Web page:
Please enlighten me, what kind of data will you store in the achievement component to solve the specific achievement problem i listed above? The example I had was an achievement where the player had to hit a number of monsters with arrows in a limited time period. How would you solve this with an achievement component?


Current project: Ephenation.
Sharing OpenGL experiences: http://ephenationopengl.blogspot.com/

#26 EWClay   Members   -  Reputation: 659

Like
0Likes
Like

Posted 08 March 2013 - 01:44 AM

I would like to understand this too. A complete novice could come in and explain how to solve a problem with messages, but we have not yet had a coherent example using flags. So far it sounds like you somehow cache the content of the messages in one of the components, and have every system come along and look at the list later. Not seeing how that's better.

#27 Zipster   Crossbones+   -  Reputation: 763

Like
1Likes
Like

Posted 08 March 2013 - 10:11 PM

Sorry for pushing this, but to make my point, we need to go into depth. Suppose the solution with a VisualEffectComponent is used. I suppose this would be a temporary component? That is, it is added for this purpose, and removed when "used"?

It could be a temporary component, yes. The alternative would be to make it permanent and have it store an empty list most of the time, but then the interested systems would waste time iterating over it to only find an empty list. If it's temporary, systems can create and destroy it as they deem it necessary. However either approach technically works.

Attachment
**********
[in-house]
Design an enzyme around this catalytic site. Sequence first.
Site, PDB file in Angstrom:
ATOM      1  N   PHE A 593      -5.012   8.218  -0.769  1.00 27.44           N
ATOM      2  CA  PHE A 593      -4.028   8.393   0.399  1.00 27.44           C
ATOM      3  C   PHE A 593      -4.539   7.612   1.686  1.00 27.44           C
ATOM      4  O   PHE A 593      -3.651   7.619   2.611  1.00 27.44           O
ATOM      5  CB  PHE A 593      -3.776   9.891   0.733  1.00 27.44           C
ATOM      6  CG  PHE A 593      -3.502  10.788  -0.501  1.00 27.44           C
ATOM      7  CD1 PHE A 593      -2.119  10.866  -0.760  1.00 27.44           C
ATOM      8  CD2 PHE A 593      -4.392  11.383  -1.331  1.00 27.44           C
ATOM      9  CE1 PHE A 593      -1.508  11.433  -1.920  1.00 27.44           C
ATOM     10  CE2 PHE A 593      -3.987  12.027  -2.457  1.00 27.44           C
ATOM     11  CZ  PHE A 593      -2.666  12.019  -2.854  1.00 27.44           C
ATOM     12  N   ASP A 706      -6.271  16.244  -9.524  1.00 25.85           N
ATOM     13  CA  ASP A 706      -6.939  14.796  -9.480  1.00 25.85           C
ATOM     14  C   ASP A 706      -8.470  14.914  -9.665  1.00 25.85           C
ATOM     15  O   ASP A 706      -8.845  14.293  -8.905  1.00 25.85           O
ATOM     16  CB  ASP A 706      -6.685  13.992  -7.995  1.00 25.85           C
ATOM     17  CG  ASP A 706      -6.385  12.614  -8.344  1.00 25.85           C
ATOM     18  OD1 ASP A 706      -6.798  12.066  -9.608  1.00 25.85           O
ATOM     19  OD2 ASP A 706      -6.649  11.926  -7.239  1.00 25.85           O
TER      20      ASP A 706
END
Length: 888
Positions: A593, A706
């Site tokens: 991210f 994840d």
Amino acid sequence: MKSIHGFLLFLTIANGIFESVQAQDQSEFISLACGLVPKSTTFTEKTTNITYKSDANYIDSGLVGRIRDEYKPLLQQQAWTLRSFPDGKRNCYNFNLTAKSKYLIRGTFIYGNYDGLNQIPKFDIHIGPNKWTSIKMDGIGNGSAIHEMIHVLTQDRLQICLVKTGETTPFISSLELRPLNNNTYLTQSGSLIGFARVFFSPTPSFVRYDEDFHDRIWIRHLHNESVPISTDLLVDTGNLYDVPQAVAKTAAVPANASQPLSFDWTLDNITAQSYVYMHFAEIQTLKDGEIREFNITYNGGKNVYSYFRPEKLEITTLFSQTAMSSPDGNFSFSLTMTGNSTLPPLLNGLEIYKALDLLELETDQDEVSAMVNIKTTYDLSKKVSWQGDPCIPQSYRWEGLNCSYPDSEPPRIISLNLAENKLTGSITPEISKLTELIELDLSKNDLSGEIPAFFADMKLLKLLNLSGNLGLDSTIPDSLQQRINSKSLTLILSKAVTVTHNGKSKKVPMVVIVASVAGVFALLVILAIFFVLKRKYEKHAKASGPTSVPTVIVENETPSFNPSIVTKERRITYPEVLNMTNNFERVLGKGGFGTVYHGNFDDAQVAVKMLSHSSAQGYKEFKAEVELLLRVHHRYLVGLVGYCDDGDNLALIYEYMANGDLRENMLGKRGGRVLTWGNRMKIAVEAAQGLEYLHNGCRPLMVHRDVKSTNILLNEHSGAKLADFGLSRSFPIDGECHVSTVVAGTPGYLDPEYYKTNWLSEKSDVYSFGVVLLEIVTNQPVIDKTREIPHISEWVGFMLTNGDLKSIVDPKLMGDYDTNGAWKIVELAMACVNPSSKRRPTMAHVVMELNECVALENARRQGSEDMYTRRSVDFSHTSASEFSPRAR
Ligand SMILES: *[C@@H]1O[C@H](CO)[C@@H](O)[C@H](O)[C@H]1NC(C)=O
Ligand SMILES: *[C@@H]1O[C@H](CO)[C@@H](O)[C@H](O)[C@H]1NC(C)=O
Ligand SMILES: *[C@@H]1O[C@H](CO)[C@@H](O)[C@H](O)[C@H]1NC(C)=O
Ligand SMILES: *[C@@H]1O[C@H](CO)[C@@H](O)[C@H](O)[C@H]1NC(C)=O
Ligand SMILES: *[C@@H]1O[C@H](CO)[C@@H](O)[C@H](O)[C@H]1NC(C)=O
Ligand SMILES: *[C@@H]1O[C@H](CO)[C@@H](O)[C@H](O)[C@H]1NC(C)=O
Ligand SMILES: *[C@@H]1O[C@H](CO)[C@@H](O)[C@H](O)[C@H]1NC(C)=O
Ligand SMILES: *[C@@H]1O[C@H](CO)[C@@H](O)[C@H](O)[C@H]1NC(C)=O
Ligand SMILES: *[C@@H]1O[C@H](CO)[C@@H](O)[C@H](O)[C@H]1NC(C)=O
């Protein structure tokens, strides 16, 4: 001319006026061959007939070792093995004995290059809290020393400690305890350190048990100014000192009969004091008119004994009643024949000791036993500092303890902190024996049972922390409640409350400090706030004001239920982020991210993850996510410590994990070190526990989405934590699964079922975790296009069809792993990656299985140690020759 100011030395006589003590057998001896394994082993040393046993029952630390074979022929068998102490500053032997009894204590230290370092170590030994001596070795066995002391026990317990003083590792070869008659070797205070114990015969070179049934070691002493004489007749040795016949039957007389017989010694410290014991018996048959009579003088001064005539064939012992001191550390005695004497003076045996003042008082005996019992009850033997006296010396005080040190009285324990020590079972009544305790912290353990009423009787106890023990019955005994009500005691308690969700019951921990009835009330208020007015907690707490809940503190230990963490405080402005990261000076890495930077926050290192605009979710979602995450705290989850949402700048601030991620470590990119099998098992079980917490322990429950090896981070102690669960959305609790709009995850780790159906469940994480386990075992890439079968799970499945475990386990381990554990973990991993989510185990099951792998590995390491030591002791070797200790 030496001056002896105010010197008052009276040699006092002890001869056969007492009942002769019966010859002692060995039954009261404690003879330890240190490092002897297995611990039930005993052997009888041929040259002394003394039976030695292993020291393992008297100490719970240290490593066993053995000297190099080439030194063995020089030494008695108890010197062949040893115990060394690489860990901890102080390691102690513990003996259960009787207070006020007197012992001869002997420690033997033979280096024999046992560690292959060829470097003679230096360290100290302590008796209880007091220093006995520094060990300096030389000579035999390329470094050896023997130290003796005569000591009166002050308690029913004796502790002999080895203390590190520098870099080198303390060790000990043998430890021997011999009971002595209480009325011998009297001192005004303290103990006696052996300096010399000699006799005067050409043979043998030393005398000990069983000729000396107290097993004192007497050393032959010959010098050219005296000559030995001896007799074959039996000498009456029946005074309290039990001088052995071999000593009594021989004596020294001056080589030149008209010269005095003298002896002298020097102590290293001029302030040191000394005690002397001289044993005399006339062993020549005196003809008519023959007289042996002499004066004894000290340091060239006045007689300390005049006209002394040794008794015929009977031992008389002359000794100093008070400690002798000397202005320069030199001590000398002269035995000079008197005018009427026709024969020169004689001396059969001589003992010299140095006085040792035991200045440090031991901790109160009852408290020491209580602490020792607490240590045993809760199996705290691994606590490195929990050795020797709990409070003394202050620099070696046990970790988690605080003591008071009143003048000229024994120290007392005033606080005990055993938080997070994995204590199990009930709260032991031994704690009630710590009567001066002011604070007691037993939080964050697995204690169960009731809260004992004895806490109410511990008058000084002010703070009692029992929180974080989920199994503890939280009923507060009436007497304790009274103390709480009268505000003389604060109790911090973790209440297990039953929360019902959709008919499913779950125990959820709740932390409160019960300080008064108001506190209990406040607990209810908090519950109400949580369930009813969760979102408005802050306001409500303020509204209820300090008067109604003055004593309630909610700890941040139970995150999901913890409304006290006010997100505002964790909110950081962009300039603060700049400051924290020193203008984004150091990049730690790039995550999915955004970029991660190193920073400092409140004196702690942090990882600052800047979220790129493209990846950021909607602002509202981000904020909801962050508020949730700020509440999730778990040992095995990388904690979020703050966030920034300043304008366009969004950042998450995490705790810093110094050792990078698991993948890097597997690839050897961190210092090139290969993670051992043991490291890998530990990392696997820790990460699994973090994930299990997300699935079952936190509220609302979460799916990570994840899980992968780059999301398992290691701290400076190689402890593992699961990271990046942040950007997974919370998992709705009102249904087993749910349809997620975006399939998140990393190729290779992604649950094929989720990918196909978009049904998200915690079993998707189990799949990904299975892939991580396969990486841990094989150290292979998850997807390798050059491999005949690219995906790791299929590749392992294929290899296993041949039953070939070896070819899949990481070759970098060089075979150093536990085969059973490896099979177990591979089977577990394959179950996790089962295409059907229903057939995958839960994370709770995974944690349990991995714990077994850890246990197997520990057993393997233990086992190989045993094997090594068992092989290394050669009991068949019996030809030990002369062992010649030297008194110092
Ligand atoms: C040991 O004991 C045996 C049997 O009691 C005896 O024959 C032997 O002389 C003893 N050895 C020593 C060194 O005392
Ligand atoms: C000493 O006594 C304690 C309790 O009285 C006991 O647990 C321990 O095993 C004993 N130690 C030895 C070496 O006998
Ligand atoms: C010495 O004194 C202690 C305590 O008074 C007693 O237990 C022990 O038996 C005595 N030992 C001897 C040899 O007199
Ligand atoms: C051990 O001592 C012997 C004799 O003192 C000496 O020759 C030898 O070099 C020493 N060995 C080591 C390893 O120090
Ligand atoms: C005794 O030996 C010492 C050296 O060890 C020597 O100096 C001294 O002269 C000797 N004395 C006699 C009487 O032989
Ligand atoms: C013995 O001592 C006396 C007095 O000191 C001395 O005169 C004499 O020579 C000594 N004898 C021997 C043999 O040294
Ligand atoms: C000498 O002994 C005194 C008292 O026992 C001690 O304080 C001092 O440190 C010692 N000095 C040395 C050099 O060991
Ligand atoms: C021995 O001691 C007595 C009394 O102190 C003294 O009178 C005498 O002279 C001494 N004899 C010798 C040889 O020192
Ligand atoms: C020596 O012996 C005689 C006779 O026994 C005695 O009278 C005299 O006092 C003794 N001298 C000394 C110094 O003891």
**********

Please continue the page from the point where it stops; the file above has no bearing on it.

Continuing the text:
How would you implement the sound effect? Would you create a "SoundEffectComponent" for that? How would you create the log message in the chat window, would you create a "LogMessage" component for that?

The effect component would contain an abstract description of the sound effect, and the sound effect system would just play it using whatever sound library the engine provides. There is no sound effect component to be created. Likewise there is no need for a log message component, whenever a system needs to log a message it just does so using the logging API, or sending an event that the UI can listen for to display a visual message.

Now back to the other proposal, using a "DamageComponent". I suppose this solution would also be a temporary component, which is removed when used? If so, who would have  the responsibility to remove the component again? How long will the component stay attached on the entity (monster)?

This would be a permanent component, the existence of which also acts as a 'tag' (or 'aspect' if you will) to indicate that its parent entity can take damage, and thus any systems that deal damage for whatever reason should be on the look out for these entities. Removing the component would mean the entity can no longer take damage, which could be a very helpful feature during development.

Please enlighten me, what kind of data will you store in the achievement component to solve the specific achievement problem i listed above? The example I had was an achievement where the player had to hit a number of monsters with arrows in a limited time period. How would you solve this with an achievement component?

Whenever damage is done to an entity (which would mean it has a DamageComponent), the system applying the damage would also log an event, some packet of data, to the AchievementComponent of the attacker, if they have one. In this case only the player entity would have this component. If you log information pertaining to which entity was damaged, at what time, and with what weapon, the achievement system then has all the information it needs to determine whether the player hit a certain number a monsters in some time period. At that point it's just a data-mining problem: query all the damage events that have occurred in the past 10 seconds, with an arrow weapon, and count the number of unique monsters. If it's greater than or equal to 5, award the respective achievement.